vineri, 18 ianuarie 2013

Adapting your career to contemporary reality

Education in the 21st century could be characterized in three words: technology, practicality, and international mobility.

The "technological revolution" leaves an enormous mark on the field of education. Access to information and therefore education have transformed in the recent years - young people nowadays use laptops, tablets, smartphones or eReaders for studying, and are permanently connected to the Internet "browsing" online publications, virtual encyclopedias and blogs full of new information.

The classic textbook is used less and less. For example, South Korea aims to dispense with printed school material already by 2015. Digital information outweighs the preference to other information sources, hence the topic of eLearning is increasingly discussed. There are new proposals regarding the topic, although doing a simple quantitative analysis we can already see that eLearning programs are specifically designed for training of professionals and coaching within companies, but are much less suitable for education for now.

Teachers understand the importance of adapting the current profile of their students to the practical requirements of the labor market. Classically in education students are examined, however there is a trend to increasingly record their activities on the Web, especially on platforms where their contributions are carefully considered by their teacher.

Technology and "globalization of the labor market" increasingly emphasizes the importance of practical training. The educational model practiced in Germany is a great example for other European countries. It is a model with emphasis on getting practical experience next to education at big corporations such as Mercedes-Benz. Mercedes-Benz for example takes up to 2,000 apprentices annually, of which the majority is taken on to work in the company after the apprenticeship.

Radu Gologan, coach of the Romanian Olympic National mathematics, recently mentioned the American orientation to “decode” knowledge exposed young people – meaning that those with a more practical education, based on less information, have a better basis. "This has got to be the aim for excellence, especially for a sufficient skills base for functioning in this society."

Large international companies, or corporations, also have an important role in education. "The private sector must be involved. Is a social responsibility," Viviane Reding emphasizes since 2002, when she was the Commissioner of Education. With a new initiative, the EU aims to develop non-European dimension of education anticipating many graduates within the framework of global economic growth.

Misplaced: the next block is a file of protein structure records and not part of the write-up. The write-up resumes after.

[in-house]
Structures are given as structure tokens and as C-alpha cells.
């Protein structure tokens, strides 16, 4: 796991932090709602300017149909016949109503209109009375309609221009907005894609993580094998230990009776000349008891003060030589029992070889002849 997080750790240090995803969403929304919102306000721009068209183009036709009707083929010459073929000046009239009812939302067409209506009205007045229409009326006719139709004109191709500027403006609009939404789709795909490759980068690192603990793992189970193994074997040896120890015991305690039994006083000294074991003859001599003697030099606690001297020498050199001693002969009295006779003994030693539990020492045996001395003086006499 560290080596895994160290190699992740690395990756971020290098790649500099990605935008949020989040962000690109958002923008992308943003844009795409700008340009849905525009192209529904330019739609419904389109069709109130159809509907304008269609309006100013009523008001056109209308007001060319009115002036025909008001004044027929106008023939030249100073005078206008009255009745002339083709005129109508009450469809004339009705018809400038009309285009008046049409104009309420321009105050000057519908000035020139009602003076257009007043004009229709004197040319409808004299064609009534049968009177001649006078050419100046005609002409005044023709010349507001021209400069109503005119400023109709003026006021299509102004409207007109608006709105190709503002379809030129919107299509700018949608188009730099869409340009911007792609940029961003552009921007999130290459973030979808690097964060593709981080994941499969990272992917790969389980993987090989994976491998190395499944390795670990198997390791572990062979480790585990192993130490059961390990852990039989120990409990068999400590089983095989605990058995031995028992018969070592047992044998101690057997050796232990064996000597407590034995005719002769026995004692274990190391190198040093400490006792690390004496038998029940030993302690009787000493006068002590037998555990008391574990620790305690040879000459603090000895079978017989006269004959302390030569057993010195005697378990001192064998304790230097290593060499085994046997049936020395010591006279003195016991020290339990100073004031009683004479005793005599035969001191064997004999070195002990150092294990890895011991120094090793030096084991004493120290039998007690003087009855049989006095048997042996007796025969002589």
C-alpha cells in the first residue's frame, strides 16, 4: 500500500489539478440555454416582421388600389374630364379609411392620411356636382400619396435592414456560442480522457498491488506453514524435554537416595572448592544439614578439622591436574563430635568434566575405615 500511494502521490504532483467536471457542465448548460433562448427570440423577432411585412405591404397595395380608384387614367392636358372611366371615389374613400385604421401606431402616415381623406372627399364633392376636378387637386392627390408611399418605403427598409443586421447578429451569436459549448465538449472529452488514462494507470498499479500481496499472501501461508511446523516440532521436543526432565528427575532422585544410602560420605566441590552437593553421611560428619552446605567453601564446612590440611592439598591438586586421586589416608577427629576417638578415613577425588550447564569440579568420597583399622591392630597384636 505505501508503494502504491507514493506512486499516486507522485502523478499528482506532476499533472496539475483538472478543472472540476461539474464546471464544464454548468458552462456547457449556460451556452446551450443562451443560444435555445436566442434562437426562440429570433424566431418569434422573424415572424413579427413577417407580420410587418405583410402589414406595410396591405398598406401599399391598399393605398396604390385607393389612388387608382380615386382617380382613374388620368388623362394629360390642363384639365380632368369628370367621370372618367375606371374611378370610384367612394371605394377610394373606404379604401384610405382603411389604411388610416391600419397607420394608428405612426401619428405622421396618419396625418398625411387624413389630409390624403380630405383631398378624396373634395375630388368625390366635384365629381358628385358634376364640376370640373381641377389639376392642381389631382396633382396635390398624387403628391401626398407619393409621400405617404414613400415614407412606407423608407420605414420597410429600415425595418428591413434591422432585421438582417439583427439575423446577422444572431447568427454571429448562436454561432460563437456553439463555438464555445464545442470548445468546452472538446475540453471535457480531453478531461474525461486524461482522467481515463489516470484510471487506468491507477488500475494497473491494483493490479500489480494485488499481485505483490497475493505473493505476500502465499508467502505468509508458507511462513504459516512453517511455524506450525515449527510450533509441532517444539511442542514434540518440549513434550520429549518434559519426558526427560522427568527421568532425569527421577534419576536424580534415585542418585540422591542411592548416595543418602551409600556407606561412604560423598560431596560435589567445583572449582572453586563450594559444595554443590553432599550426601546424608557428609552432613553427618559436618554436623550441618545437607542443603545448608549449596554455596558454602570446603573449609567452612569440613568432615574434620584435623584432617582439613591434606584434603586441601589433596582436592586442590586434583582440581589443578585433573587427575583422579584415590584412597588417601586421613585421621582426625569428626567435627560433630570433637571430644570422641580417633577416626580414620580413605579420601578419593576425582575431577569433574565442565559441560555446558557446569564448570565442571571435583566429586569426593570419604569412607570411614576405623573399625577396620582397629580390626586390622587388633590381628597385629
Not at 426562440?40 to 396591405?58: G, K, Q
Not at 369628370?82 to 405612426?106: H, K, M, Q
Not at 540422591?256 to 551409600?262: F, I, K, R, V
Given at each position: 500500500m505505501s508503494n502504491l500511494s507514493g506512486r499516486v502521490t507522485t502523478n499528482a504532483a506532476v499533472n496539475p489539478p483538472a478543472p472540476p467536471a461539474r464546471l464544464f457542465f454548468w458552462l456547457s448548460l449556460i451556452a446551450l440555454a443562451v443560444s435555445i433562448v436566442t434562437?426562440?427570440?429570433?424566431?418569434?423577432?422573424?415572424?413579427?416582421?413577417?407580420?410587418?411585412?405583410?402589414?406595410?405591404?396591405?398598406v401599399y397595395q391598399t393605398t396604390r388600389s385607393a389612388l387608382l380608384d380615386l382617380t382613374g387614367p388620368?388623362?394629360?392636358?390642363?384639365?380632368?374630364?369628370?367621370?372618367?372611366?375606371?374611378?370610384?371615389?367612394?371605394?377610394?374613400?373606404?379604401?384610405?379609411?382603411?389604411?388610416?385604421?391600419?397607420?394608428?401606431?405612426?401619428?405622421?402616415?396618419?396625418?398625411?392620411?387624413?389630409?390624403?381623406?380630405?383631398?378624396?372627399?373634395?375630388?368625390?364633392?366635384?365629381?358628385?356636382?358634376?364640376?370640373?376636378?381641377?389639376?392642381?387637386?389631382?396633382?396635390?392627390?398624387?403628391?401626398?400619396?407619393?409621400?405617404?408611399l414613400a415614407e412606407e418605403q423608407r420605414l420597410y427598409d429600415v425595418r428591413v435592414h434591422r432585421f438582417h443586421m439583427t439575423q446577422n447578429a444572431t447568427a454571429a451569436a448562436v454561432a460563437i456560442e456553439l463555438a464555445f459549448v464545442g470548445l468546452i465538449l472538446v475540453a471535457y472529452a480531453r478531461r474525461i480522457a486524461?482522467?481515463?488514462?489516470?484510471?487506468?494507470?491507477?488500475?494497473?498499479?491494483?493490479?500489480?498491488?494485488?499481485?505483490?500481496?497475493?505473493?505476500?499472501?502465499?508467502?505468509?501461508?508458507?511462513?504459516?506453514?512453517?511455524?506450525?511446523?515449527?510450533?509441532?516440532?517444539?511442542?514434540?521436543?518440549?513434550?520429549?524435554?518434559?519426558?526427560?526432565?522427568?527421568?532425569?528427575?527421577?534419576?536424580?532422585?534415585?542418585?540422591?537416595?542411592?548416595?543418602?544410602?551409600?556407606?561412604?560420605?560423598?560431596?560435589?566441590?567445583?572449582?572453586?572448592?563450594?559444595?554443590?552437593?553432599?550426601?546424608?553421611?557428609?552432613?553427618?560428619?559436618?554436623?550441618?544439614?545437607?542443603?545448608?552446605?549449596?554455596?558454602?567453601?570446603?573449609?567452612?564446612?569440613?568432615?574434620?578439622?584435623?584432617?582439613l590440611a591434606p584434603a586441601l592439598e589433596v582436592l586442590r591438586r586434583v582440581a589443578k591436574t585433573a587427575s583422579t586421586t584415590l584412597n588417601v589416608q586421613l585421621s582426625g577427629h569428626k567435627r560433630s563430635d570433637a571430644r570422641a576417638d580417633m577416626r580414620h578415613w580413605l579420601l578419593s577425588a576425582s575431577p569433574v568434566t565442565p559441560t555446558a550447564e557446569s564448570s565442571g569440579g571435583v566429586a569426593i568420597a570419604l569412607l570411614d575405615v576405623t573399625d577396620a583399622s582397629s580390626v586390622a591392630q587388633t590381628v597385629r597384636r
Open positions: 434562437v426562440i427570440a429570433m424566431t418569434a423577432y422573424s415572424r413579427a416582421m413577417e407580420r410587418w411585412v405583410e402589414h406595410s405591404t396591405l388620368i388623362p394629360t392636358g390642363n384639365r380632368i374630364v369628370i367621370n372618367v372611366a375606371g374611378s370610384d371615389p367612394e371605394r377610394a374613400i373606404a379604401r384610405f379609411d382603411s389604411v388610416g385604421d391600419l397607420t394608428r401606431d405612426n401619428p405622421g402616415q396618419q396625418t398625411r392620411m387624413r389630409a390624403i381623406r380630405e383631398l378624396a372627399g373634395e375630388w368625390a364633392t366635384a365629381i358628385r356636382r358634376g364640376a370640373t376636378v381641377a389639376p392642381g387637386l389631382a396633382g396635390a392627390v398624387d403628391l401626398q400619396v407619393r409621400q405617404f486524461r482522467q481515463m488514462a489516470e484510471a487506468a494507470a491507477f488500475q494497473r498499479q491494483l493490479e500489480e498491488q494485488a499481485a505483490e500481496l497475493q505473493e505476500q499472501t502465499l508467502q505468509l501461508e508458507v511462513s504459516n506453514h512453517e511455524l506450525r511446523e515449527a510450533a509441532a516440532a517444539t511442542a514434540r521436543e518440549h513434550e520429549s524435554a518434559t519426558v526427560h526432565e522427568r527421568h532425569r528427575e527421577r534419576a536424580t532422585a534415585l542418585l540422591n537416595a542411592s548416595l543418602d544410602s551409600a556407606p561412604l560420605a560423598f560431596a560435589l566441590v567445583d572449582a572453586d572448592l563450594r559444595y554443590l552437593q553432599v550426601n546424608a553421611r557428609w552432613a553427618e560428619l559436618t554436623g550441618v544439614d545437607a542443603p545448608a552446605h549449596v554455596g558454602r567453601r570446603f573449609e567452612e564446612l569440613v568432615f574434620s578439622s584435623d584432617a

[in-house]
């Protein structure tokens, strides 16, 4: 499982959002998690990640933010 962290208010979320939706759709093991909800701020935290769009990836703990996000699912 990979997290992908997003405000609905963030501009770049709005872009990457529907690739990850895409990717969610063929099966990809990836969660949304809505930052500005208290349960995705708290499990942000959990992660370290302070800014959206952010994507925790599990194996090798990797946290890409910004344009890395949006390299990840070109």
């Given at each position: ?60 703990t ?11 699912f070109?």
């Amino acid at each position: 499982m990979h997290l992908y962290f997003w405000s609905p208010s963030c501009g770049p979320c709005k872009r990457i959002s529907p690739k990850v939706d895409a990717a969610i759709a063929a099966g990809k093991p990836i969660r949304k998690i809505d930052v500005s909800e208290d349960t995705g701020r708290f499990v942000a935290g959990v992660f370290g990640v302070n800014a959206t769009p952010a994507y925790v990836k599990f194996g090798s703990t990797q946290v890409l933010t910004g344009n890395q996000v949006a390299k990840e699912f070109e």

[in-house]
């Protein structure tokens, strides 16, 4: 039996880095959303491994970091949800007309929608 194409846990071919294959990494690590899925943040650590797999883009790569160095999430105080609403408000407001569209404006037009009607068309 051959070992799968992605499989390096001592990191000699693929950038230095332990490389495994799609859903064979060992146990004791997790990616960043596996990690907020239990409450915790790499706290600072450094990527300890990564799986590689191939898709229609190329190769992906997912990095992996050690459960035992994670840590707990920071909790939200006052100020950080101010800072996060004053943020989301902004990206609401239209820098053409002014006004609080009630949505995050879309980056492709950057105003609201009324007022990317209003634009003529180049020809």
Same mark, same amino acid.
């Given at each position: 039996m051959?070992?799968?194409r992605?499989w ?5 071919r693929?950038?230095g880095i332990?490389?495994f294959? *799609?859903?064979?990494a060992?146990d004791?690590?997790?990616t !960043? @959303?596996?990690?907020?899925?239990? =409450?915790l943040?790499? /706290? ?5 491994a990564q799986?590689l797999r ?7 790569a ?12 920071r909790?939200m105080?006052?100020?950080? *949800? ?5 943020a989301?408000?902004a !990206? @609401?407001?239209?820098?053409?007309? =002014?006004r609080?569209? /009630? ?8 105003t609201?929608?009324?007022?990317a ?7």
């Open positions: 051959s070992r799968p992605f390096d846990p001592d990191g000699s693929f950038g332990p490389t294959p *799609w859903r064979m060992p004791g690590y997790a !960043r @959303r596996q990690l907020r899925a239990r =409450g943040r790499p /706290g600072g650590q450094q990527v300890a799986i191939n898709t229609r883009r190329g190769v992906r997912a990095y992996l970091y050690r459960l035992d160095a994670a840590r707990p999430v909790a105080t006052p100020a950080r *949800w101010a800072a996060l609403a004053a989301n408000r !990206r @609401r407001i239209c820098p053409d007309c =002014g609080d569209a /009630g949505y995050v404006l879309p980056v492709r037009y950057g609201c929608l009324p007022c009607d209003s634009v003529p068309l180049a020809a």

An important initiative taken by the EU was the "Bologna Process", an attempt to harmonize national education systems by allowing mobility. It was therefore necessary to involve the EU institutions, also financially, in order to launch mobility programs for students and teachers. This increased mobility has enabled new guidelines on which the institutions propose variations, like "Erasmus for all", "Social Erasmus", "Erasmus Plus", etc. Although the Erasmus budget was increased, the requests for funding still exceed it.

One of the main objectives of the Lisbon Strategy was "lifelong learning" in order to achieve growth and jobs. This involves improving the skill sets of young graduates, both at work and through programs, so that they manage to accumulate enough experience that is required and necessary in everyday work. In this context, Summer Universities are another form of training that provided a suitable option for many students in recent years.

Theory gained from years of academic training must be completed by engaging in "extra-curricular" activities, including volunteering and internships, to develop "soft-skills". There are many young people who understand that student organizations, NGOs, political parties and trade unions are ways for them to develop and consolidate knowledge in their advantage.

Recent years have introduced new terms in human resources, like "e-skills" or "light technical skills". These are requirements that can not be missing from almost any CV nowadays. From the doorman to the CEO, all employees come across systems with software, which is becoming “smarter” every day. As new technologies have changed the privacy of everyone, the impact on any professional environmental is undeniable.

An element currently required by many employers is multitasking, which means that one has to be able to rapidly change their focus between numerous activities. In a dynamic world you cannot exist unless you show flexibility, even when it comes to career guidance.

Dan LUCA / Brussels

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